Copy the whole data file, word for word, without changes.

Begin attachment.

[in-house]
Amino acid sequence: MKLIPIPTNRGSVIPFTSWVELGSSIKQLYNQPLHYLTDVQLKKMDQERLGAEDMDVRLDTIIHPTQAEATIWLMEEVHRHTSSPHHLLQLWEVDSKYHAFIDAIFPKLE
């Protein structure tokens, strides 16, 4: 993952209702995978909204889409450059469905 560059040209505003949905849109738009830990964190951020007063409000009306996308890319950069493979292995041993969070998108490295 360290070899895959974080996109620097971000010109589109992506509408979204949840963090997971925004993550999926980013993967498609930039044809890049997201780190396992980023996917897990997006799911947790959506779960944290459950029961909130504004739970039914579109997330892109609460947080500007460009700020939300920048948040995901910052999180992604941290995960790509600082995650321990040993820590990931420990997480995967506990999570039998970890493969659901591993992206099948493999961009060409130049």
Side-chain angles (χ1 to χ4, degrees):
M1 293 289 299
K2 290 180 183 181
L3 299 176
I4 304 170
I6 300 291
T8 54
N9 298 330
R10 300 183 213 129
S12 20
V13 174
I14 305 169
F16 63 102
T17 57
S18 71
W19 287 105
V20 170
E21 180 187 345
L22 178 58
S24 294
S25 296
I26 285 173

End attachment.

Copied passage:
[in-house]
Amino acid sequence: MKLIPIPTNRGSVIPFTSWVELGSSIKQLYNQPLHYLTDVQLKKMDQERLGAEDMDVRLDTIIHPTQAEATIWLMEEVHRHTSSPHHLLQLWEVDSKYHAFIDAIFPKLE
């Protein structure tokens, strides 16, 4: 993952209702995978909204889409450059469905 560059040209505003949905849109738009830990964190951020007063409000009306996308890319950069493979292995041993969070998108490295 360290070899895959974080996109620097971000010109589109992506509408979204949840963090997971925004993550999926980013993967498609930039044809890049997201780190396992980023996917897990997006799911947790959506779960944290459950029961909130504004739970039914579109997330892109609460947080500007460009700020939300920048948040995901910052999180992604941290995960790509600082995650321990040993820590990931420990997480995967506990999570039998970890493969659901591993992206099948493999961009060409130049």
Side-chain angles (χ1 to χ4, degrees):
M1 293 289 299
K2 290 180 183 181
L3 299 176
I4 304 170
I6 300 291
T8 54
N9 298 330
R10 300 183 213 129
S12 20
V13 174
I14 305 169
F16 63 102
T17 57
S18 71
W19 287 105
V20 170
E21 180 187 345
L22 178 58
S24 294
S25 296
I26 285 173